When four-and-a-half-year-old Zrichko Vladislav was diagnosed with osteopetrosis--a condition where the bones become overly dense and cause damage to nerves and tissues--his feet had already started to bend and he could hardly walk. A bone marrow transplant at the Hadassah University Medical Center saved his life.
When Zrichko's parents searched the internet and learned that a bone marrow transplant was a possible treatment, they began to explore opportunities within the Ukraine and neighboring Russia and then in other countries. For one reason or another, there were no viable options—until they explored Israel and Hadassah. Now, Zrichko's successful bone marrow transplant is behind him and his Hadassah doctors are closely monitoring his recovery.
"Until now we had to hold him on our hands all the time," says Lena, Zrichko's mother. "He could not go to the kindergarten because his immune system was too weak. His contacts with other children were limited to family relatives. We were afraid that he would be infected."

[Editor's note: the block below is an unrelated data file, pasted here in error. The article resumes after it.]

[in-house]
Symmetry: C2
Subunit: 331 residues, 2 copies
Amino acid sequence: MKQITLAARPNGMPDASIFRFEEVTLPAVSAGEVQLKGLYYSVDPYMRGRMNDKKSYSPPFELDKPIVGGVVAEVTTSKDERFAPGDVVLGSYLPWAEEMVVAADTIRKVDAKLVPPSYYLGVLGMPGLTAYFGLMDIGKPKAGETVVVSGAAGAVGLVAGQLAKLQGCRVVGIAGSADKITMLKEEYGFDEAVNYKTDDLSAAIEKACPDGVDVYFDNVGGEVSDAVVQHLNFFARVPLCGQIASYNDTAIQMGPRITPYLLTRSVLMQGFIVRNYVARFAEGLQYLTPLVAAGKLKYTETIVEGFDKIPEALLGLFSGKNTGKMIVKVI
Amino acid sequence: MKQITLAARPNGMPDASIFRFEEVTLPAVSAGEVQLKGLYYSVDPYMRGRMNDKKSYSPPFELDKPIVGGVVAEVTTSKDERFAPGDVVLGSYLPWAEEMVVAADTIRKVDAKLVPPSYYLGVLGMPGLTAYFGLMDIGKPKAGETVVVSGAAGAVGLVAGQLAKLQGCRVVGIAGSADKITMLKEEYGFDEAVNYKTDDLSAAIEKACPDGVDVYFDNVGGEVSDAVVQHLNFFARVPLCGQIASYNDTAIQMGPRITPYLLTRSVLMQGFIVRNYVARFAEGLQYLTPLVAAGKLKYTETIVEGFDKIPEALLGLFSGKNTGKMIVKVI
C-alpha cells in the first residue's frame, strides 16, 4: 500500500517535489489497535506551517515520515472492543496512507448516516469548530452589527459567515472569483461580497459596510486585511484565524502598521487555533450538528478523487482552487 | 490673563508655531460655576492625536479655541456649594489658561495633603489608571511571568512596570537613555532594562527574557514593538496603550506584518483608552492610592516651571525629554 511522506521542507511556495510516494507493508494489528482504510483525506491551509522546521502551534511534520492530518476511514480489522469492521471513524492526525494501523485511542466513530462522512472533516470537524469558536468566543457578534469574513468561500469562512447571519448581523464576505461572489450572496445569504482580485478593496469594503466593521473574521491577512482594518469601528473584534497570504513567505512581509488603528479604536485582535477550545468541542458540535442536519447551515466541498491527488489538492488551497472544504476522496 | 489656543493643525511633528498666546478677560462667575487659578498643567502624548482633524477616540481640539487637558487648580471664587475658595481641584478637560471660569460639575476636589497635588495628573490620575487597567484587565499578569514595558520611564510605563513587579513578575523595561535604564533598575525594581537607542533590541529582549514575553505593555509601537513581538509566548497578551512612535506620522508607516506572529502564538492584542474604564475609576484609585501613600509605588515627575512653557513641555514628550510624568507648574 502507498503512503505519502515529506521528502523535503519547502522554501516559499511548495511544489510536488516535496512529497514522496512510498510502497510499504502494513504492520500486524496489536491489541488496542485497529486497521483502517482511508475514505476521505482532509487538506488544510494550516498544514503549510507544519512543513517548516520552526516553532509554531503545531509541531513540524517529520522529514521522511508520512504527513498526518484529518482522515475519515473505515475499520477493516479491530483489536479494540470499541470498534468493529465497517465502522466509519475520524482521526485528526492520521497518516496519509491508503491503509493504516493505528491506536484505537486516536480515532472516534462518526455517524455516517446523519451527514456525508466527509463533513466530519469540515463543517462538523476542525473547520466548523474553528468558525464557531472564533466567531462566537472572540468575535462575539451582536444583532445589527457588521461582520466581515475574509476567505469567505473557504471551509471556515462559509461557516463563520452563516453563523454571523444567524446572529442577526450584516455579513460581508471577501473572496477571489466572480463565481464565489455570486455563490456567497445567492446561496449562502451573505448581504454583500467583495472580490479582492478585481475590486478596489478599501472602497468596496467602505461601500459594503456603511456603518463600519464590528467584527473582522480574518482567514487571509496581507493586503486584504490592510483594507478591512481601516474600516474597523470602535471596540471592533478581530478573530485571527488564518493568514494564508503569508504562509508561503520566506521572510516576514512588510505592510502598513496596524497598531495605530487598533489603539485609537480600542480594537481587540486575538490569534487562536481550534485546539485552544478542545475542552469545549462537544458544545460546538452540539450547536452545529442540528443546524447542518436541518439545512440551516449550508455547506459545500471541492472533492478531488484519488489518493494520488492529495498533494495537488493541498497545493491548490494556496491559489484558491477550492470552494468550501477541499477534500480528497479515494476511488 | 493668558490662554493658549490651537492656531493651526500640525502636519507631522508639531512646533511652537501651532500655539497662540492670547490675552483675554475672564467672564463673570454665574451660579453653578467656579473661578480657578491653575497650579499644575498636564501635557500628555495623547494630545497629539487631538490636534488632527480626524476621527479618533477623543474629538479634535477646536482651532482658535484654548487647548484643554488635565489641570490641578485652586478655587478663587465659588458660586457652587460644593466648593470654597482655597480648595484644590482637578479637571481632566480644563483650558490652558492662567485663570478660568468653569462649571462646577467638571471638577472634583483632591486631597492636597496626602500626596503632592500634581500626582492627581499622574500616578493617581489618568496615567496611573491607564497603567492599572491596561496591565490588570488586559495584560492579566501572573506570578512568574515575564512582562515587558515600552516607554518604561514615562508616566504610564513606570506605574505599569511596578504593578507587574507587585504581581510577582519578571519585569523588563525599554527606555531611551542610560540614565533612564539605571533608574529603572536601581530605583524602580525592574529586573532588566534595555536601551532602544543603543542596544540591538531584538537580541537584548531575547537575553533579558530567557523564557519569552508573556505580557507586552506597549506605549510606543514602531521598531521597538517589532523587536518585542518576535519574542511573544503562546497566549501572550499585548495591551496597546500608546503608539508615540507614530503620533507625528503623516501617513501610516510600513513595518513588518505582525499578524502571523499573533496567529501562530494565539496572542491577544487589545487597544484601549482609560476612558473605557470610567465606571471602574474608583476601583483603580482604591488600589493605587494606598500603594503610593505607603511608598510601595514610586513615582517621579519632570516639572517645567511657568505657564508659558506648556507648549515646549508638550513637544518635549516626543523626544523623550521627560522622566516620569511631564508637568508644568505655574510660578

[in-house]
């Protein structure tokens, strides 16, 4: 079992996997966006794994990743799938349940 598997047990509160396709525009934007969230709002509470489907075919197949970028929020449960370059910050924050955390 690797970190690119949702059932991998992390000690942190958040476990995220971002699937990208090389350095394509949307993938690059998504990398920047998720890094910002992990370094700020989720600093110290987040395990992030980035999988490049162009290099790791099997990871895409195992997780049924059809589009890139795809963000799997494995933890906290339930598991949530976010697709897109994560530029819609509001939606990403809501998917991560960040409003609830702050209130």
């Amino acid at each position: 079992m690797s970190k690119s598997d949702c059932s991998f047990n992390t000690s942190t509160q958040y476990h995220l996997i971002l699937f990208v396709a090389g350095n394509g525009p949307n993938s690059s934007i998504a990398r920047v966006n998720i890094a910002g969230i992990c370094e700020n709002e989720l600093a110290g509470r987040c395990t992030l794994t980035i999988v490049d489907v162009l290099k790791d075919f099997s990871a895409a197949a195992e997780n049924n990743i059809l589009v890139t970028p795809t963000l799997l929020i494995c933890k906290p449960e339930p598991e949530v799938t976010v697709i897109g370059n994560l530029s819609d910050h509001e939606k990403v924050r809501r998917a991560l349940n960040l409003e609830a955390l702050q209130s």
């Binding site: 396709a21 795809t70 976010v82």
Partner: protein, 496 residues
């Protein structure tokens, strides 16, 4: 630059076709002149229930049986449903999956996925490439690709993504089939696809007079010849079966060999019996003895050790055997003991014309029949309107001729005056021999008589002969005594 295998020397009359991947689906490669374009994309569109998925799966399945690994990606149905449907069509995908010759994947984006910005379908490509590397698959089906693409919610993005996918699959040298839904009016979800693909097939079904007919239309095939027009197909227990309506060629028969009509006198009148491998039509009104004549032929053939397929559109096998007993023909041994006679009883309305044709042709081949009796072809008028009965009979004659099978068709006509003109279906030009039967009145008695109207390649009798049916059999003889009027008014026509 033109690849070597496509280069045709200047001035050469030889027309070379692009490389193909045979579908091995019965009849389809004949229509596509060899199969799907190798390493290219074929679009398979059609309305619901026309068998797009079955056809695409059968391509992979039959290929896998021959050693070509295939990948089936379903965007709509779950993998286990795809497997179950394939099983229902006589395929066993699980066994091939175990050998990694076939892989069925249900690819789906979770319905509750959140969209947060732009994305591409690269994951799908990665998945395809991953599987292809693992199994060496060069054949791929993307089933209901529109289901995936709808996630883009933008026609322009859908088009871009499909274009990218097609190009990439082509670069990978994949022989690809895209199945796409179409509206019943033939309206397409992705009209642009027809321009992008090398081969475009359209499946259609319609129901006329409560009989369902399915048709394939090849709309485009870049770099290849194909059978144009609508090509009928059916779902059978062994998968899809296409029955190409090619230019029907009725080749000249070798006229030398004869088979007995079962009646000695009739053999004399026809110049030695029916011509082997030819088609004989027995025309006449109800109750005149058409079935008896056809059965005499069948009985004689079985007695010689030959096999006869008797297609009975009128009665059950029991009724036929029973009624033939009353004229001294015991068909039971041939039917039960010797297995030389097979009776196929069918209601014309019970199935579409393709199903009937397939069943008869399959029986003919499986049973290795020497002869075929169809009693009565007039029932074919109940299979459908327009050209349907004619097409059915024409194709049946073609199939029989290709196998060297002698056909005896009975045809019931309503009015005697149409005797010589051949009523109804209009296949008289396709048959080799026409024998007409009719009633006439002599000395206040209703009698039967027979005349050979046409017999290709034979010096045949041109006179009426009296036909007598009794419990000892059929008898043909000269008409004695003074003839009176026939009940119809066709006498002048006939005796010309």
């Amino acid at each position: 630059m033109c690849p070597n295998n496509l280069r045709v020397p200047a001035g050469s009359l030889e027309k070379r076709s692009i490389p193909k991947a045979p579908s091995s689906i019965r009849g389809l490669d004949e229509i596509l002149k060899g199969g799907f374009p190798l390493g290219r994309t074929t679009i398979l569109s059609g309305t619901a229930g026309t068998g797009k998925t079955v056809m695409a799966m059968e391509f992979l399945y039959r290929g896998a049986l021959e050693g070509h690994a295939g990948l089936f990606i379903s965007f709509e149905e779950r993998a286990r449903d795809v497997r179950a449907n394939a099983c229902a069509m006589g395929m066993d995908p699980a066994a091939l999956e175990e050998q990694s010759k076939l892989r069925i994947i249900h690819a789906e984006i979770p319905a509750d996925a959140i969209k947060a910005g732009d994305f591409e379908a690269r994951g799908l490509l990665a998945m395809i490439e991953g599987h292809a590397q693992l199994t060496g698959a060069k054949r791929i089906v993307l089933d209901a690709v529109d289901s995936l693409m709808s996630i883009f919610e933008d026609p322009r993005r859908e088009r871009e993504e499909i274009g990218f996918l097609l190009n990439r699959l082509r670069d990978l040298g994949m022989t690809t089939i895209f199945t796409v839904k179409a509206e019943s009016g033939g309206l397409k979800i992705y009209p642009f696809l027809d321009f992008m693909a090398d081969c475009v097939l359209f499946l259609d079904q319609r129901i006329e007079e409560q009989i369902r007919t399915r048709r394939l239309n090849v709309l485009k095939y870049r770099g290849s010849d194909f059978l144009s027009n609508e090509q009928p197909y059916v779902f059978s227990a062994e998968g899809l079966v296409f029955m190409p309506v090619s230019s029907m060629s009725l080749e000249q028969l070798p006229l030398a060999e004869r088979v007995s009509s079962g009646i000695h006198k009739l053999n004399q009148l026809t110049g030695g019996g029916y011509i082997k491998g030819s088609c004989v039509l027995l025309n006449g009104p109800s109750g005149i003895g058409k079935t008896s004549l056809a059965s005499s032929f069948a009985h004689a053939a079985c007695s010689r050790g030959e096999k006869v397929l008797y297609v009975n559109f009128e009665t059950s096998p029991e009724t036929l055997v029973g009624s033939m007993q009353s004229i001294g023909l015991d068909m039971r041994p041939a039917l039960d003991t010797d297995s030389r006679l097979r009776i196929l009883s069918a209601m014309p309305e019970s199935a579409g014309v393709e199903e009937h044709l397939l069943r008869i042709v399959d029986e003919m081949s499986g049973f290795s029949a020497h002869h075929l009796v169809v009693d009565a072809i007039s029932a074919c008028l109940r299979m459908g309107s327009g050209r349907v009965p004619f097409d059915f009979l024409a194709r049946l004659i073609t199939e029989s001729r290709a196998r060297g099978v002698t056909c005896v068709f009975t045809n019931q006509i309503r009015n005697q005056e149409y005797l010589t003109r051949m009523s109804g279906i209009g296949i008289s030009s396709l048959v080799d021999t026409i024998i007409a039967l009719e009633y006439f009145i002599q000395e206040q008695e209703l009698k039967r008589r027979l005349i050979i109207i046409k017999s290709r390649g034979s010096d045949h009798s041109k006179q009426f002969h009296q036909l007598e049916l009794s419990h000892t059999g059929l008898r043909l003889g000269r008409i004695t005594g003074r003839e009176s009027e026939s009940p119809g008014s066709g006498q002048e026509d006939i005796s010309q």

"We transfused Zrichko's entire blood with that of his donor's, and did the same thing with his immune system," says Dr. Paulina Stefansky, a senior physician in Hadassah's Department of Pediatric Hemato-Oncology, who is in charge of pediatric transplantations. Now Zrichko will receive rehabilitation treatment as his "new" immune system gains strength. While he will still have some bone-related problems--with his teeth, for example--he can look forward to a normal life.